federal funds rate to as low as zero percent. And even as some express concerns about future
inflation, the central bank in early November said that economic conditions were “likely to
warrant exceptionally low levels of the federal funds rate for an extended period.” As such,
economists don’t expect the Fed to raise rates anytime soon. “The statement does not lead us to
change our view that the Fed will keep rates unchanged until the September 2010 meeting, when
we expect the first rate hike,” Dean Maki of Barclays Capital Research said in a report. But
while an increased federal funds rate could push rates on certain products—such as adjustable
rate mortgages or home equity lines of credit—higher, it has little direct influence on fixed
mortgage rates.

9. Recovery: A recovery in the U.S. economy may also lead to increased mortgage costs. That’s
because economic improvement could create more demand for credit, which pushes rates higher.
At the same time, a recovery could embolden investors to move money out of ultra safe assets
like 10-year treasuries and into more risky investments. And since 30-year fixed mortgage rates
tend to track the yield on the 10-year treasury note, such a development would put upward
pressure on mortgage rates. Gumbinger says that economic improvement and other factors could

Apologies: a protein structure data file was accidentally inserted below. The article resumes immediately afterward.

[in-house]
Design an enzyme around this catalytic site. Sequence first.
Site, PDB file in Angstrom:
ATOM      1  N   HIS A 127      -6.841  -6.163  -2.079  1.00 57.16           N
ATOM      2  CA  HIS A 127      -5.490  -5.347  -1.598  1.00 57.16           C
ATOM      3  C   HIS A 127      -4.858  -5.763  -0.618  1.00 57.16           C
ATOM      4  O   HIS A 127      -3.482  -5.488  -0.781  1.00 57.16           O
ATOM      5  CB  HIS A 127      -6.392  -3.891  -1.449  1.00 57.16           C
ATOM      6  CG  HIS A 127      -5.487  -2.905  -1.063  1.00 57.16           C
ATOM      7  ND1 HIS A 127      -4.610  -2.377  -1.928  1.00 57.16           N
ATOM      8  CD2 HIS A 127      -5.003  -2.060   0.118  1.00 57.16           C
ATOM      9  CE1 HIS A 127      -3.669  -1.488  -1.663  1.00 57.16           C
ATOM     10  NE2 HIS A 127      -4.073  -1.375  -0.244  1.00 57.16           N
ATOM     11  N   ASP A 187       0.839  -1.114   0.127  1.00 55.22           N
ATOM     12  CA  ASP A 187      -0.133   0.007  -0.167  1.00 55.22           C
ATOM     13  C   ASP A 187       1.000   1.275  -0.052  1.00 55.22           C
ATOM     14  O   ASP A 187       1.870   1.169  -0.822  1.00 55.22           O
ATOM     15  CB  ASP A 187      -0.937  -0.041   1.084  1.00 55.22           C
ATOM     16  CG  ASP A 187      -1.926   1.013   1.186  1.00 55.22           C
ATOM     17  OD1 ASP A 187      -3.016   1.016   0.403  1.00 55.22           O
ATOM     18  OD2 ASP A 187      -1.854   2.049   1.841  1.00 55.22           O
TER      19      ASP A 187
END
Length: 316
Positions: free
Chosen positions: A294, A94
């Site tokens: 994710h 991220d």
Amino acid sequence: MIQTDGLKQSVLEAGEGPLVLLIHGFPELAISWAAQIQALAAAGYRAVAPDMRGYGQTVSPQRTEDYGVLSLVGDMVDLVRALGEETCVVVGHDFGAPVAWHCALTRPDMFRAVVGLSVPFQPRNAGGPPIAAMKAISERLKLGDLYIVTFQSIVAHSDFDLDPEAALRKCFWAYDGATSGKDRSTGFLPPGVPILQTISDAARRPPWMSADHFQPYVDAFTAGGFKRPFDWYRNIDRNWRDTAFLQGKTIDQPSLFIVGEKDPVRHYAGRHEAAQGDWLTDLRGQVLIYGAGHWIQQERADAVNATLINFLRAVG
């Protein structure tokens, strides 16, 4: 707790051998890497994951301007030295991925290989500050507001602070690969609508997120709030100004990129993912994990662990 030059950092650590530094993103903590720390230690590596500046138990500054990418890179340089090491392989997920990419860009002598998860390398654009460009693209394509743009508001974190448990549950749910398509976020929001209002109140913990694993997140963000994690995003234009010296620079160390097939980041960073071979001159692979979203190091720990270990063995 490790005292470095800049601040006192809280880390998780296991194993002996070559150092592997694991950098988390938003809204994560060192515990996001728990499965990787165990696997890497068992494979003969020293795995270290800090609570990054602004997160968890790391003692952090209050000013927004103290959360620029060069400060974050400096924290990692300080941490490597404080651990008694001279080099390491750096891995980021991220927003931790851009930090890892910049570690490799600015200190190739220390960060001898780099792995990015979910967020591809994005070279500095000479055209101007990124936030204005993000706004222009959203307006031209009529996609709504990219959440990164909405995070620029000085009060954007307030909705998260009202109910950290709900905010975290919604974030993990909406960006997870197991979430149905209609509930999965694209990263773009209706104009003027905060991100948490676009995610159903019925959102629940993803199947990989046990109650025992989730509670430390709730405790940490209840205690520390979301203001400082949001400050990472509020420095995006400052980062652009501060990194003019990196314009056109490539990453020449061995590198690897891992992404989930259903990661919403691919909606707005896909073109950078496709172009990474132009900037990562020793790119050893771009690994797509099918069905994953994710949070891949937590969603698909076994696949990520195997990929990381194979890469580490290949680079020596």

push rates on 30-year fixed mortgages as high as 5.75 percent by midsummer. “After that, you
are going to be at the whims of the economy,” he says.

10. Fannie and Freddie’s future: A wild card in the outlook for mortgage rates is the
administration’s plans for Fannie and Freddie. The two mortgage finance giants—which buy
home loans from banks—are a key source of liquidity for the market. The government-chartered
companies have long been controversial, and speculation about their future has been mounting
since their shaky finances forced Uncle Sam to take over last year. The administration’s plans for
their future—which could include liquidation or converting them to public utilities—could
become clearer in early 2010. This decision could have profound implications for mortgage
rates, Gumbinger says. “We could have some dislocations in the supply chains with mortgages
depending upon how immediate or how gradual the changes to the structures of those companies
are,” he says.

Note: Please be aware that the above information is believed to be accurate as of this writing, July 12,
2010, but mortgage guidelines are consistently changing and a mortgage professional should be
consulted for accuracy.